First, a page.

In another step forward for health care reform, a key moderate Dem Senator says he will vote to bring the bill with a public option and an opt-out to the floor — getting the bill past a key procedural vote — and suggested his colleagues should do the same.
Senator Kent Conrad, in a phone interview with me just now, confirmed that he would cast a vote in favor of bringing Harry Reid’s health care bill to a debate.
"Sure," Conrad said when asked directly whether he would vote Yes on the initial procedural vote, which is a major obstacle because it requires 60 votes. "My position would be to have a debate, have amendments. Because unless you get a bill to the floor, you can’t legislate."
Conrad had not yet said outright he’d vote Yes on the procedural vote, saying earlier this week that he wanted more information before reaching a "judgment."
This is good news, even though Conrad is still making noises that he isn't comfortable with the public option. With his announcement today, it's looking more and more certain that a bill with the public option intact will reach the Senate floor.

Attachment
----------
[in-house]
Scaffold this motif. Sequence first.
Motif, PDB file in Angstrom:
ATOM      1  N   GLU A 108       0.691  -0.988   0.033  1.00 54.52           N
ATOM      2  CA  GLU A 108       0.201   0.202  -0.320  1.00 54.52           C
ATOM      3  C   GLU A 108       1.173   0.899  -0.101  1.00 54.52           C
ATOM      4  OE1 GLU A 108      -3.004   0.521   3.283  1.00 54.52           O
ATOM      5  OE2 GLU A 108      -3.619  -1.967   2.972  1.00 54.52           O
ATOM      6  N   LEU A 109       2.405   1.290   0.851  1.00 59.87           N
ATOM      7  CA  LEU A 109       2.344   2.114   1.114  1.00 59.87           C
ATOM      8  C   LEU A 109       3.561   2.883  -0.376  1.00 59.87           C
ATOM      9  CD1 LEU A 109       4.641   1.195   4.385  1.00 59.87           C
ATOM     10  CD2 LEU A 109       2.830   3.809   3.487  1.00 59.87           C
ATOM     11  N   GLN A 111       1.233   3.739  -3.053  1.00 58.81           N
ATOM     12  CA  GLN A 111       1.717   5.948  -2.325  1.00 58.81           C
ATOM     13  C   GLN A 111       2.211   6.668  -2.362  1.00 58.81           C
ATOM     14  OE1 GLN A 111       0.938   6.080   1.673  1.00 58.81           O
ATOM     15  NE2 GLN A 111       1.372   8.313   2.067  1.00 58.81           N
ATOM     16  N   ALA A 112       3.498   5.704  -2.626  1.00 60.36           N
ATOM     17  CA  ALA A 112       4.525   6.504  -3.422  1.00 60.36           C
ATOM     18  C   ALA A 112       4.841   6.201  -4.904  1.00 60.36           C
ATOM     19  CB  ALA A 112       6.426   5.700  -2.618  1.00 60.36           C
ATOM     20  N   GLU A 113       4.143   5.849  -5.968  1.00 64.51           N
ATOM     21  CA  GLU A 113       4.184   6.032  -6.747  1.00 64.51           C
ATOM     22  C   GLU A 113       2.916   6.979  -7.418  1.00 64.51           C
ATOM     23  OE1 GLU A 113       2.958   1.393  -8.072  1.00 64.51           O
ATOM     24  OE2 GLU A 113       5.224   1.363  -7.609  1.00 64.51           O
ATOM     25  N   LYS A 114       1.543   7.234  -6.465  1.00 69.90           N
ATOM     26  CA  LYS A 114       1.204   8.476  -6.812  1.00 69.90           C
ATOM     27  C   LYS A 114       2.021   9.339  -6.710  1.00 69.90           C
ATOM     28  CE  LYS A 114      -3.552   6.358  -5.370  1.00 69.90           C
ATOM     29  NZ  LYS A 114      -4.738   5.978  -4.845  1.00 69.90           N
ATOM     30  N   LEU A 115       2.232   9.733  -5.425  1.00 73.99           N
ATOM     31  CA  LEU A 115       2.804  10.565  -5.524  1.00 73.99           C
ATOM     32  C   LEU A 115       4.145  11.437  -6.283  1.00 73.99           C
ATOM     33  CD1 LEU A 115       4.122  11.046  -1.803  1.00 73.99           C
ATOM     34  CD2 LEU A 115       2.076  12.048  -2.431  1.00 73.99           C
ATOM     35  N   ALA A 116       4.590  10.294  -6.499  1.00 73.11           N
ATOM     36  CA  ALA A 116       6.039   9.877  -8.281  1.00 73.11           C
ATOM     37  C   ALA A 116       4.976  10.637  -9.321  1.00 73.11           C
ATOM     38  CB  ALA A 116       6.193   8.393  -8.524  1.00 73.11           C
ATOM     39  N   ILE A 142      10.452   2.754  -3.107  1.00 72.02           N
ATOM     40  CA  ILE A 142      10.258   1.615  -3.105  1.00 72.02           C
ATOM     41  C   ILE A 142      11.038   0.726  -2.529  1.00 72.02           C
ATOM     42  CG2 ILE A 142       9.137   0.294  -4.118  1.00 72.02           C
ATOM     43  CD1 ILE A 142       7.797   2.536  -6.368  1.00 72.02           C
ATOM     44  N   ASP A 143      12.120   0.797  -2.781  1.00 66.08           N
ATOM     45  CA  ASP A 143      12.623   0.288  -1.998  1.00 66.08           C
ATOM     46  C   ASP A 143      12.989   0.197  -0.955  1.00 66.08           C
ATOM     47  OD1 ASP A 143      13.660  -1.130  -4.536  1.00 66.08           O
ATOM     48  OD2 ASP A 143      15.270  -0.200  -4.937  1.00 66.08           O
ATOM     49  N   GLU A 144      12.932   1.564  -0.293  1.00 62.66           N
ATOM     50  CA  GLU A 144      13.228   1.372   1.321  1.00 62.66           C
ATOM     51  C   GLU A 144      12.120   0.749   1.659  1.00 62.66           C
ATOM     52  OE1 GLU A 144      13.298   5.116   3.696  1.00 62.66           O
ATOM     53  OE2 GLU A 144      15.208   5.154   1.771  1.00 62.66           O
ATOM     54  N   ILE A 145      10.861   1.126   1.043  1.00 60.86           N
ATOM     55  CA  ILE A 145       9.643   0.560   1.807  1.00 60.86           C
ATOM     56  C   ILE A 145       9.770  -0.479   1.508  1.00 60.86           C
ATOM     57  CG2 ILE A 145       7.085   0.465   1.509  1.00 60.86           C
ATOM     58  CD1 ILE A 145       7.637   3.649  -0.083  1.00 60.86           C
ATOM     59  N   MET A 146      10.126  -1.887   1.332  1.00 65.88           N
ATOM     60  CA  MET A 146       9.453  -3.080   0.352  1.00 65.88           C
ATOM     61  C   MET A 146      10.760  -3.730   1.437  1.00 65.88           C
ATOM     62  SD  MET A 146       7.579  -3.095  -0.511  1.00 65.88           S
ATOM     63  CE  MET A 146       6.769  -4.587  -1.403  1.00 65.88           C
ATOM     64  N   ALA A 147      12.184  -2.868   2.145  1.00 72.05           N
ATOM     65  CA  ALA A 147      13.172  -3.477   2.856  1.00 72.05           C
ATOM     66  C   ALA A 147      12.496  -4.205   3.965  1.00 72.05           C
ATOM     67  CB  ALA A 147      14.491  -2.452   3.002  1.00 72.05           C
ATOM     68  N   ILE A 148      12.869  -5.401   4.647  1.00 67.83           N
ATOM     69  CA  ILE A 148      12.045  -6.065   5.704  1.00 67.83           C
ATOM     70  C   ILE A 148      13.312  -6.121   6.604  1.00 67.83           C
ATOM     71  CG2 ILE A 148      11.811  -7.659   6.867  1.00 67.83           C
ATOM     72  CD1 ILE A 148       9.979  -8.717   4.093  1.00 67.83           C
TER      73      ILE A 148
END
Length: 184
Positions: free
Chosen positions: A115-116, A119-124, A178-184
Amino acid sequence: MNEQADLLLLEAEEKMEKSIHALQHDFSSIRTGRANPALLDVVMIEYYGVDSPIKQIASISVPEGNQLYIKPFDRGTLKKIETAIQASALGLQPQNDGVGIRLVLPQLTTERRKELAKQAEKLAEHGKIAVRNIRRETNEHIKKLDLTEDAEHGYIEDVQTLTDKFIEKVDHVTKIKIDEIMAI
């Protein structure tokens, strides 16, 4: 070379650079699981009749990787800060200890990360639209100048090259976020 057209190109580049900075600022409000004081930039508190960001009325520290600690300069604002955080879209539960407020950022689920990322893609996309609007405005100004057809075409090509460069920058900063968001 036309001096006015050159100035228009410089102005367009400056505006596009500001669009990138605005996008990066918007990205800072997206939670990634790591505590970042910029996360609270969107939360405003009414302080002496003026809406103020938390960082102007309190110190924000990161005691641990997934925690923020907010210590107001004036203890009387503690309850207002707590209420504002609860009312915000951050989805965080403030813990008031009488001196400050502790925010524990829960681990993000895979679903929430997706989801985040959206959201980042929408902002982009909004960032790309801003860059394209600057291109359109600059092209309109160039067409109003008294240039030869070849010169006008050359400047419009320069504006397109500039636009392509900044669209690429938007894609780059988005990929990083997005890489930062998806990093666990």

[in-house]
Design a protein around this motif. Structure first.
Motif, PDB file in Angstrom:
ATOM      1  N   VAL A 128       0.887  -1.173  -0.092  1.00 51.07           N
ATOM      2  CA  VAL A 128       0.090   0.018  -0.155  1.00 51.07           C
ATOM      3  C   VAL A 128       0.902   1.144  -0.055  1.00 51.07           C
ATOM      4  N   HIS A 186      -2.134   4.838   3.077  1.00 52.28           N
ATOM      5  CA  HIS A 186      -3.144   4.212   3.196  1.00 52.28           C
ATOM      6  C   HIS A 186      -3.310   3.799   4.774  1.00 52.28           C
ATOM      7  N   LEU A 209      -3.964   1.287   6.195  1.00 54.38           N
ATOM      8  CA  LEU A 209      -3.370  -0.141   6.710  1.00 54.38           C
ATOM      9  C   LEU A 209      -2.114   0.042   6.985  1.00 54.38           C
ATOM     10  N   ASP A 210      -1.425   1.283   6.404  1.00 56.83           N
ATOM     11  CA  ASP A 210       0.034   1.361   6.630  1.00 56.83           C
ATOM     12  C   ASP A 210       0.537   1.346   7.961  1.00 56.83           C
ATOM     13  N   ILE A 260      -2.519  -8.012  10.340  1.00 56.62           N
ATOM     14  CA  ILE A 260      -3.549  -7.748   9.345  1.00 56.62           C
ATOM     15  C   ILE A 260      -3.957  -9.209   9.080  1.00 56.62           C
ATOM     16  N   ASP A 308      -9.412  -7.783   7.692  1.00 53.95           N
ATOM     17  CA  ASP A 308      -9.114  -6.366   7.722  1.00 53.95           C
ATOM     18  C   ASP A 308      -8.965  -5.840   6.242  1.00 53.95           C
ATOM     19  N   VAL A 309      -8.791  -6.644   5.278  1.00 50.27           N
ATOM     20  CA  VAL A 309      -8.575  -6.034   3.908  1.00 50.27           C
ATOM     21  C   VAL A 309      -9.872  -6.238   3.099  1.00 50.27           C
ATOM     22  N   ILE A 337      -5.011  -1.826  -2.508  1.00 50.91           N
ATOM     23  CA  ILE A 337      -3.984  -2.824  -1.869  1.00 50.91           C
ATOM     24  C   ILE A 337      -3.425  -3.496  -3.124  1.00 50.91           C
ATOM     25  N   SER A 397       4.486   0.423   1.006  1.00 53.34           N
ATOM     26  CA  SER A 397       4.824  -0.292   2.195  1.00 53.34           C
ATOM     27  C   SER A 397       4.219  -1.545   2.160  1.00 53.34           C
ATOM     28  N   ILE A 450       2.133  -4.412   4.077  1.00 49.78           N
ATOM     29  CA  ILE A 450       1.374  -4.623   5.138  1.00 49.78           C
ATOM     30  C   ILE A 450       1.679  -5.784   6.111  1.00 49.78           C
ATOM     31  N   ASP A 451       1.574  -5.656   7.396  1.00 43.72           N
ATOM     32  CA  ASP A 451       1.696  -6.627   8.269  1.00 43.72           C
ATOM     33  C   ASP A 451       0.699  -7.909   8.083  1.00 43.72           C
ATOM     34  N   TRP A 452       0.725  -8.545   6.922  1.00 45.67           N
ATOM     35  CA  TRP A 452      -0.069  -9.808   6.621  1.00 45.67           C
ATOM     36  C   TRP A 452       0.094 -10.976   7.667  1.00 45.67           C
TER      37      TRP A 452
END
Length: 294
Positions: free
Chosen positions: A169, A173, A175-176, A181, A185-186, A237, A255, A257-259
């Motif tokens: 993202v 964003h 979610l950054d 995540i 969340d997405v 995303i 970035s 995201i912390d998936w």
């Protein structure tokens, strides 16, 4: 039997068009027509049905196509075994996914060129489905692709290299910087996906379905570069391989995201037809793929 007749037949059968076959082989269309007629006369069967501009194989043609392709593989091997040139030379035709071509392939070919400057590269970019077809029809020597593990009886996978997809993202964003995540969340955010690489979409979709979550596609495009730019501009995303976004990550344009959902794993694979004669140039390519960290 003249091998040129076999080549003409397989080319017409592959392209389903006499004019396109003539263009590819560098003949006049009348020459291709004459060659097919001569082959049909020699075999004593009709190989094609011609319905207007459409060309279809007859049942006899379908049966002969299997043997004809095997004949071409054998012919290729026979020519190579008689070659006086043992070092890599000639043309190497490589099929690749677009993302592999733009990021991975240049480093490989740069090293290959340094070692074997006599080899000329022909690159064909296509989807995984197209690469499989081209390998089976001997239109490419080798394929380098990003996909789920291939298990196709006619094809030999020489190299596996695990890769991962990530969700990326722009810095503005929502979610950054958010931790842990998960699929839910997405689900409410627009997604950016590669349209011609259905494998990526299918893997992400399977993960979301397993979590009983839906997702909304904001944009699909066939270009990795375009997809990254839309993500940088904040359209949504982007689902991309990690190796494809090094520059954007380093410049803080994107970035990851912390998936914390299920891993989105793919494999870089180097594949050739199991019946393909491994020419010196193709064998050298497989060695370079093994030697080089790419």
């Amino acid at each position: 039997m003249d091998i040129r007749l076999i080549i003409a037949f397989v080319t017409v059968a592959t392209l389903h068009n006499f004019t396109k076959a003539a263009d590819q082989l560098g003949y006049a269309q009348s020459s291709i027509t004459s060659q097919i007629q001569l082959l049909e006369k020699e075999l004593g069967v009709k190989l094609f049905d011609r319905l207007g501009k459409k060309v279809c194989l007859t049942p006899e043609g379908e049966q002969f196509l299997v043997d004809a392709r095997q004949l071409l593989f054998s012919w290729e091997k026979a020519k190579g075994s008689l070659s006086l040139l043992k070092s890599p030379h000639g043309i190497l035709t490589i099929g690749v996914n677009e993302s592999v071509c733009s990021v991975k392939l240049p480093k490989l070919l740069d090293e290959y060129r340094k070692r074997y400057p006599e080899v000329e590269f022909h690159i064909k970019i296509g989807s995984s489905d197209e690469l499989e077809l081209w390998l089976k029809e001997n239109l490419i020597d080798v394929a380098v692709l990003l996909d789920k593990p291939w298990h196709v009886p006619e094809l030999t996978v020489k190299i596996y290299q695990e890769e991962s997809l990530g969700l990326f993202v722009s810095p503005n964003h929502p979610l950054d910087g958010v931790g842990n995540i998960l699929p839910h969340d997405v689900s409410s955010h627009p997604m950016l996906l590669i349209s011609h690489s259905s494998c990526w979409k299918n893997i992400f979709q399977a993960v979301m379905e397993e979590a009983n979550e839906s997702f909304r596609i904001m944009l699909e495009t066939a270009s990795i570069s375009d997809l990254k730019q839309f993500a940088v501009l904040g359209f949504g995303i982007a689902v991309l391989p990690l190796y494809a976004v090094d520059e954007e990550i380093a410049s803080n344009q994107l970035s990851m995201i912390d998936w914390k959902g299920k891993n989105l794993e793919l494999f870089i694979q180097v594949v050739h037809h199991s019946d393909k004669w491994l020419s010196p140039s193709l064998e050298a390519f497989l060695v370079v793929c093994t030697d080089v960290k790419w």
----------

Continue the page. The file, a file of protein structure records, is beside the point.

Procedurally, having a public option reach the floor means that removing it will effectively take 60 votes. (As David Waldman explained to me, the hurdle would be set at 60 either by unanimous consent agreement or by the willingness of at least 41 senators to filibuster an amendment to strip the public option from the bill.)
As long as senators don't remove the public option from the bill (and there aren't 60 votes against the public option), the only way to stop the public option once it's on the floor will be to wage a successful filibuster against the entire bill -- and despite some loud bluffs, that isn't likely to happen.
Update (3:14): Evan Bayh, who had also expressed some reluctance to proceed, is also on board for bringing the bill to the floor.